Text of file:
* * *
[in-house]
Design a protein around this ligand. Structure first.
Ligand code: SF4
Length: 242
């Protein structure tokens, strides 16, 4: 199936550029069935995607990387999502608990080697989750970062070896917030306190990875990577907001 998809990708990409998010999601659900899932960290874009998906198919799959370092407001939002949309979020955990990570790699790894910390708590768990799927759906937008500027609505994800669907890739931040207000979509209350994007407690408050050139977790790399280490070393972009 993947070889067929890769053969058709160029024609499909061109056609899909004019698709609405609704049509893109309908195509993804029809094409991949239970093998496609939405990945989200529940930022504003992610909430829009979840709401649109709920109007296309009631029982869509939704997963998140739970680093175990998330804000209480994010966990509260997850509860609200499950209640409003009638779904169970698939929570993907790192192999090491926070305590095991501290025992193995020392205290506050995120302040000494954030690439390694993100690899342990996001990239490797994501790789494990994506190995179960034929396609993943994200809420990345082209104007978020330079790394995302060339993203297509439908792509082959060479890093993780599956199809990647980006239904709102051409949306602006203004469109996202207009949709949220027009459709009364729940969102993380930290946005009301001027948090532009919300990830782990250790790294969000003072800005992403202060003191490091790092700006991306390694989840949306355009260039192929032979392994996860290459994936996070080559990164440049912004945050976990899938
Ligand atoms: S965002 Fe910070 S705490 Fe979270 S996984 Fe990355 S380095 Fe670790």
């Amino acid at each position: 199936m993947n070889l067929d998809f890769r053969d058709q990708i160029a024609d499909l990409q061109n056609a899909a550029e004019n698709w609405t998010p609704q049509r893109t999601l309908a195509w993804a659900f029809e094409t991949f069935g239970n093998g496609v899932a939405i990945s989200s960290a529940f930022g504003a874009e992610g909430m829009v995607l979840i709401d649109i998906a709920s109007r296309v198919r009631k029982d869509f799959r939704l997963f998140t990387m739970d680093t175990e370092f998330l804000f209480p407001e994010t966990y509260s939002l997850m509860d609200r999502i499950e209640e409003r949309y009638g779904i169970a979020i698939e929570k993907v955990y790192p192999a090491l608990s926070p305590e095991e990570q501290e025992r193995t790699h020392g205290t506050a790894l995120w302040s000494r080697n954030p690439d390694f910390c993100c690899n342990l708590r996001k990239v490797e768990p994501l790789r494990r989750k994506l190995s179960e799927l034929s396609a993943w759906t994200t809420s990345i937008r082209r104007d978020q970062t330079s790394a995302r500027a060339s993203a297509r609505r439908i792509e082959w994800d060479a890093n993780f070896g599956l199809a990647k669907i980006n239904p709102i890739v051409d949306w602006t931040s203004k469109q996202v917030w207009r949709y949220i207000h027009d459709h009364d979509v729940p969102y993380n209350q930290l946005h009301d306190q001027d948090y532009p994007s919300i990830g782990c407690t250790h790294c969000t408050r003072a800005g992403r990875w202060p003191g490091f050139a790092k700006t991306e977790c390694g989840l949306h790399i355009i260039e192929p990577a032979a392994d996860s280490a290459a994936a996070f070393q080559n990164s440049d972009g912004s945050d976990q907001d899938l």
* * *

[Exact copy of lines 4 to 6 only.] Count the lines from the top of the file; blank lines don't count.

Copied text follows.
Length: 242
């Protein structure tokens, strides 16, 4: 199936550029069935995607990387999502608990080697989750970062070896917030306190990875990577907001 998809990708990409998010999601659900899932960290874009998906198919799959370092407001939002949309979020955990990570790699790894910390708590768990799927759906937008500027609505994800669907890739931040207000979509209350994007407690408050050139977790790399280490070393972009 993947070889067929890769053969058709160029024609499909061109056609899909004019698709609405609704049509893109309908195509993804029809094409991949239970093998496609939405990945989200529940930022504003992610909430829009979840709401649109709920109007296309009631029982869509939704997963998140739970680093175990998330804000209480994010966990509260997850509860609200499950209640409003009638779904169970698939929570993907790192192999090491926070305590095991501290025992193995020392205290506050995120302040000494954030690439390694993100690899342990996001990239490797994501790789494990994506190995179960034929396609993943994200809420990345082209104007978020330079790394995302060339993203297509439908792509082959060479890093993780599956199809990647980006239904709102051409949306602006203004469109996202207009949709949220027009459709009364729940969102993380930290946005009301001027948090532009919300990830782990250790790294969000003072800005992403202060003191490091790092700006991306390694989840949306355009260039192929032979392994996860290459994936996070080559990164440049912004945050976990899938
Ligand atoms: S965002 Fe910070 S705490 Fe979270 S996984 Fe990355 S380095 Fe670790």